. At any rate, it was a very different experience.
I enjoyed the three Yoot, or Genii, a great deal. I'm too inexperienced to claim that I heard them sing notes poorly, but certainly I found that I enjoyed the phrasing of certain notes more than others... nevertheless the notes of theirs' that I liked (the higher ones), I liked a lot. I also really enjoyed Sarastro, although I wish that he had magically been even louder. I guess that's what the people pay all that money for, up there in the front rows. Far and away the best, however, was the Queen of the Night's second aria (her first one, presumably, was also quite nice). It was extremely difficult to believe that the sound I was hearing came from a human--extraordinary, with all these crazy trills and what-not. Wow.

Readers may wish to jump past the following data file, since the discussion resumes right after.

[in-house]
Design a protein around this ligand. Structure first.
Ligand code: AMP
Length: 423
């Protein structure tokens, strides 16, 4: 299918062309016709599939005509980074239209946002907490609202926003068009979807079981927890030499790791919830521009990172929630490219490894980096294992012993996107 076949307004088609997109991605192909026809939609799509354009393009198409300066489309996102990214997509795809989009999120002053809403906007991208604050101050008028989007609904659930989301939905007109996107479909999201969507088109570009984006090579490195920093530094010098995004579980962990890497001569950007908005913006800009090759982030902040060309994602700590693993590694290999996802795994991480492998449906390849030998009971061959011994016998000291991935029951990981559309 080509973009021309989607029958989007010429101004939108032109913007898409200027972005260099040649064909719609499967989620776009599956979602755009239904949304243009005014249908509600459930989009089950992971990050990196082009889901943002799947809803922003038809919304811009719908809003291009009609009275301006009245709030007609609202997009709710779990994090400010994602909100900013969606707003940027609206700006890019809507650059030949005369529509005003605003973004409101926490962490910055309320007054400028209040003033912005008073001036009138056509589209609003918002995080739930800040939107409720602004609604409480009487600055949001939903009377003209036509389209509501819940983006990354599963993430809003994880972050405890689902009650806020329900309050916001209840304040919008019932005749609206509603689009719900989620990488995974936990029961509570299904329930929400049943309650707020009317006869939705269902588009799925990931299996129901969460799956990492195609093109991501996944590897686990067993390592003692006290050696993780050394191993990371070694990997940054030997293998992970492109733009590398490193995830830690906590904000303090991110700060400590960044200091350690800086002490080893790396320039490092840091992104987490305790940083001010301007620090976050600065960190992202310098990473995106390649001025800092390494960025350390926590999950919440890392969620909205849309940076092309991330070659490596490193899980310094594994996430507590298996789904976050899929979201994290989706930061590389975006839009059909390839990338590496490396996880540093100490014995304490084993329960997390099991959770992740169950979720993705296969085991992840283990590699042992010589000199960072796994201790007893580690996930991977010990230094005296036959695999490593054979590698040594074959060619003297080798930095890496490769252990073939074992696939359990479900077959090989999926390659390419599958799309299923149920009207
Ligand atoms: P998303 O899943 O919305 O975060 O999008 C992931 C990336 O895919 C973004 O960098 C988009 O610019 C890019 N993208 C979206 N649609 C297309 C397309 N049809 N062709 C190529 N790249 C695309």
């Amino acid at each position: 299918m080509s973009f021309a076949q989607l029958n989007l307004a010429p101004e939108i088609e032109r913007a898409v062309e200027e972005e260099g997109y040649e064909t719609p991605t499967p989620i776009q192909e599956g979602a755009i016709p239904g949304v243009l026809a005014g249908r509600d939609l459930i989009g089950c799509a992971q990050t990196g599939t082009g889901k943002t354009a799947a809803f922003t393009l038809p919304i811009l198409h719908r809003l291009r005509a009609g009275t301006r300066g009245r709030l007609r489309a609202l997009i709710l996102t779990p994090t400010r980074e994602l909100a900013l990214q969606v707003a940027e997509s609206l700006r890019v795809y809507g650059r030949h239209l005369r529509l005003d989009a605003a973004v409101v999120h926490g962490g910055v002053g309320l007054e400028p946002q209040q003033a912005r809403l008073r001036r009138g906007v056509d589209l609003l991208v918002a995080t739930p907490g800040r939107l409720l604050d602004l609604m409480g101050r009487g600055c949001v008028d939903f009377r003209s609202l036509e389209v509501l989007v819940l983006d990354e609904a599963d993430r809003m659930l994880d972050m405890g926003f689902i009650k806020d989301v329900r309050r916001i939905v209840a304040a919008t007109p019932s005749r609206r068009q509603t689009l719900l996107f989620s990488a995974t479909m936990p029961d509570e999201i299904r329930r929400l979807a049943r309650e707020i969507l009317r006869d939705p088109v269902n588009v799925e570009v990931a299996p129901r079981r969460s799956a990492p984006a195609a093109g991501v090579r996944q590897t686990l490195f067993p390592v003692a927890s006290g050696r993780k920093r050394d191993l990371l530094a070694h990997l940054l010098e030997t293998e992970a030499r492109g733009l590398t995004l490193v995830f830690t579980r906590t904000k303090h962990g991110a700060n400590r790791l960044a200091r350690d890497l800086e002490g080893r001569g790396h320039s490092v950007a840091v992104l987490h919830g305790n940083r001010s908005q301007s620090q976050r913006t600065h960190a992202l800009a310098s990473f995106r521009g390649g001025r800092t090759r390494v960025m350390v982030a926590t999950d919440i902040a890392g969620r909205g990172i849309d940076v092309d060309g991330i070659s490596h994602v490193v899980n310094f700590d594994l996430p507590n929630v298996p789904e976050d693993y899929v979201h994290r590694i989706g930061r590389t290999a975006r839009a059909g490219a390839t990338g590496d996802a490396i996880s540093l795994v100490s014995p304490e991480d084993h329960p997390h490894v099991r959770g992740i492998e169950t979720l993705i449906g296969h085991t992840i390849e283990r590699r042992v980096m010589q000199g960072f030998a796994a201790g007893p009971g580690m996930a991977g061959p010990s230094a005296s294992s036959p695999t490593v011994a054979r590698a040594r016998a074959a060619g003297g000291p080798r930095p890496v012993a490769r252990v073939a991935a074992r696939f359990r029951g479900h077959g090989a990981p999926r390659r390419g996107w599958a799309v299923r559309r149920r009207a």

I'm not quite sure why I'm writing about it, really. I thought it was amazing, but I don't really have the vocabulary to explain what it sounded like (does anyone?) and, moreover, it's one of the most famous arias in the history of civilization. Fercrissakes, you can google "Der Hölle Rache kocht in meinem Herzen" and listen for yourself. I mean, you won't be hearing the same coloratura (Aleksandra Kurzak, in my case) but if I were you I doubt I could tell the difference.
One thing that surprised me was that, just as in the